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If you find that your server instance is not working as expected, there are a few things that you can do to troubleshoot the cause. The steps required to troubleshoot this will vary depending on what OS you have installed and the issue that you're experiencing with the server. This article will cover the required steps for a Linux-based server with cPanel. However, some of these steps can be utilized on a Linux server without cPanel.
The first thing that you can do is log in to your server via SSH and check the output of the top command. The top is a command-line utility that can be used to check the load of your server. To check top, issue the following command via SSH.
You should see output similar to the following:
The load is generally displayed in the upper right-hand corner, as you can see in the image below:
The resources of the server instance will ultimately determine what type of load is acceptable. However, if you see a load higher than 10 and the server performs slowly, you'll need to investigate further what is causing the load.
If you have WHM, you can check the server's load simply by logging in, as the load is generally displayed on the main page.
For a more in-depth look at each process and its resource usage, you can use the Process Manager in WHM.
With the Process Manager, you can Kill processes or trace them and get an idea of the resource utilization of each process.
The next step is to check the Apache webserver to see if it is running. This can be done a few ways depending on your OS and if you're using cPanel. Let's take a look at a few common ways to check if Apache is running.
You can check if Apache is running in CentOS 6 by issuing the following command while logged in via SSH:
service httpd status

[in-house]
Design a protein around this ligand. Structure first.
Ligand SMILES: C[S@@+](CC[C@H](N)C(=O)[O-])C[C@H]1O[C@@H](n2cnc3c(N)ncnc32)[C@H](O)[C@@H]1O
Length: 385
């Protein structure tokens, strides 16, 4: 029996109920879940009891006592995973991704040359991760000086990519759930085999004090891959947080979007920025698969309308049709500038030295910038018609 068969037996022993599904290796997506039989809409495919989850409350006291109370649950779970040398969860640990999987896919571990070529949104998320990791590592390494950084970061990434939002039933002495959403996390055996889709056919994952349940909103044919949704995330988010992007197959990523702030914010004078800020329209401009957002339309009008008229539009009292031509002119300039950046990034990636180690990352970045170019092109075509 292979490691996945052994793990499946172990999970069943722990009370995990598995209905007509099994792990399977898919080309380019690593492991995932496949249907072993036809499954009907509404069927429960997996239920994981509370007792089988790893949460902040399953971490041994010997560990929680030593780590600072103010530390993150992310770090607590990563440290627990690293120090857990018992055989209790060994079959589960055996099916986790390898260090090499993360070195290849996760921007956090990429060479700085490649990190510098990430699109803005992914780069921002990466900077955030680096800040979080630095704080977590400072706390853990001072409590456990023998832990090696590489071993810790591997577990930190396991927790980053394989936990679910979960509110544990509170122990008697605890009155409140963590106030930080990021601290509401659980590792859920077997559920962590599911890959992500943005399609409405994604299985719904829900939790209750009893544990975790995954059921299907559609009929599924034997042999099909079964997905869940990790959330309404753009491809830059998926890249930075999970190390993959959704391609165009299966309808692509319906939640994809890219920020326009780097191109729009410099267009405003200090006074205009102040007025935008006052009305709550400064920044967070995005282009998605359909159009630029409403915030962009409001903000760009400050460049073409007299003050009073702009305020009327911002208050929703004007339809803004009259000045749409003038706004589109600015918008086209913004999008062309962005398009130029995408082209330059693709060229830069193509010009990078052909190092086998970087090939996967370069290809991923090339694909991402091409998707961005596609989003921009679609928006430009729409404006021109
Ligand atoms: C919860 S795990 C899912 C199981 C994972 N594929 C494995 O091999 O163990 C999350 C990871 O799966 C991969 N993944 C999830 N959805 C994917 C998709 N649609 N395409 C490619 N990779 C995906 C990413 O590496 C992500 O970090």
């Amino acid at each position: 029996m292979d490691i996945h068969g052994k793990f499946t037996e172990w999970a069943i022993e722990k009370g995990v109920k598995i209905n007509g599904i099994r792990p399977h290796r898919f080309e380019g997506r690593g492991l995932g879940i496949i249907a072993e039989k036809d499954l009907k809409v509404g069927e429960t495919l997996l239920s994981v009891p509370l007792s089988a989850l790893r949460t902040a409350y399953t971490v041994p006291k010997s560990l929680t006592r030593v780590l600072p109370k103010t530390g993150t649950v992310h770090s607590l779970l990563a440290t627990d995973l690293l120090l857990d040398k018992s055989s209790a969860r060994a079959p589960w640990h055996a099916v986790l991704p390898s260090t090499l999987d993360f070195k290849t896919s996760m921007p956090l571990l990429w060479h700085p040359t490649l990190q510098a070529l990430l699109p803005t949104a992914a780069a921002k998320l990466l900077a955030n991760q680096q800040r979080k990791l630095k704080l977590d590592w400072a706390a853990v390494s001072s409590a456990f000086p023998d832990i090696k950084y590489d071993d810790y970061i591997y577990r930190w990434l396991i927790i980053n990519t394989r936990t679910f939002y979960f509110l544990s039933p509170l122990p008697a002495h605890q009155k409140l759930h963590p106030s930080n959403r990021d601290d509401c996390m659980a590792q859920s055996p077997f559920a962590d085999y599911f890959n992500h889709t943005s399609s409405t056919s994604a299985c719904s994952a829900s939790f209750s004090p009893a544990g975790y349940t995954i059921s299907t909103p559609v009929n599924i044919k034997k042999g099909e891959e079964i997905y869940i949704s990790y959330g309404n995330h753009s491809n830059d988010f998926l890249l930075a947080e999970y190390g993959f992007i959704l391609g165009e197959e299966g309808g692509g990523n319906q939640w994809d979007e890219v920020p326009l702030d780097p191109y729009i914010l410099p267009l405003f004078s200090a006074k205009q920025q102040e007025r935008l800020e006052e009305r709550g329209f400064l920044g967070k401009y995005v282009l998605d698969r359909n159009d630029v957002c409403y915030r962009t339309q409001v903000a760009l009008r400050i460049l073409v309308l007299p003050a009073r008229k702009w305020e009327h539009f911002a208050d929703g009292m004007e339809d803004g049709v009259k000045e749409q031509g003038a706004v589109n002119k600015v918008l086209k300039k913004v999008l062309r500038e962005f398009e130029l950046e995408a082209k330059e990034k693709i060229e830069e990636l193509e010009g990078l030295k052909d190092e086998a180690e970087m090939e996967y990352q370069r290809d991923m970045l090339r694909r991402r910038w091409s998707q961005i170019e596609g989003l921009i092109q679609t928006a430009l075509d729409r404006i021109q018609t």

If this command returns that Apache is stopped, you can start it using this command:
service httpd start
You can also restart Apache at any time by using the following:
service httpd restart
To check Apache's status in CentOS 7, please issue the following command:
systemctl status httpd
If the output of this command states that Apache is stopped, you can start it by issuing this command:
systemctl start httpd
You can also restart the Apache webserver via this command:
systemctl restart httpd
You can check Apache's status by utilizing the steps below. Please note that you'll need to be logged into WHM before continuing.
You can also restart Apache from within WHM.
Apache should now be restarting.
In some cases, you just need to reboot the server. As the adage states, "have you tried turning it off and back on again?" can hold very true. Rebooting the server can be accomplished in a few ways; via SSH, WHM (if purchased), and through the Hostwinds client area.
To reboot the server via SSH, you'll first need to be logged in to the server as the root user through SSH. Once logged in as root, issue the following command:
reboot -h now
shutdown -h now
Either command should suffice to reboot the server gracefully.
To reboot the cloud instance using WHM, you'll first need to log in to WHM.
The server should now be rebooting.
First, you'll need to log in to the Hostwinds client area to proceed.
Note: If you have an older VPS, you will need to select Services >> My Services from your Client Area home page and selecting "Manage" next to the server you wish to reboot. Once you scroll down, you'll notice a Reboot option that you can select.
The server should now be rebooting.
If the server is still experiencing issues, please feel free to contact us by Opening a Support Ticket so that we may take a closer look for you.
Written by Michael Brower / June 23, 2017